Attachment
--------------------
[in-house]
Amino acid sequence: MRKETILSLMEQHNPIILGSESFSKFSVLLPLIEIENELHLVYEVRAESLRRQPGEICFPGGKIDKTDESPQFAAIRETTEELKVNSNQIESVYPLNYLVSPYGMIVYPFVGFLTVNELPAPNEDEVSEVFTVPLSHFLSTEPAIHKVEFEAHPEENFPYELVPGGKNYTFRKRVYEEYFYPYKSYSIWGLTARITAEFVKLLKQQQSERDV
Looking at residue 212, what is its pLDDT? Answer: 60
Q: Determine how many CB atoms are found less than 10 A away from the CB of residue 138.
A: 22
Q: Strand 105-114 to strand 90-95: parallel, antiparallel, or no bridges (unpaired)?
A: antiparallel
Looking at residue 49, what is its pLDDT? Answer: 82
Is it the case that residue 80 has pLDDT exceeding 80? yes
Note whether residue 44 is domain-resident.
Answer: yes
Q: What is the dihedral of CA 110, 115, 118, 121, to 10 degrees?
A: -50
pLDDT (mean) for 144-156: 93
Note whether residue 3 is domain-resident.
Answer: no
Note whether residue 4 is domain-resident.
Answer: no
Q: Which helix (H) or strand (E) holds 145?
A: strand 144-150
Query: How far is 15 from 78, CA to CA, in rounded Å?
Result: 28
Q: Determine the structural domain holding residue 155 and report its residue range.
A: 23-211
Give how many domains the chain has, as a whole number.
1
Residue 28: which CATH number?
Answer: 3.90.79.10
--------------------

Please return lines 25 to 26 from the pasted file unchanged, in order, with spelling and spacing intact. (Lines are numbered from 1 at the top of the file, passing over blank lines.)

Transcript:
Give how many domains the chain has, as a whole number.
1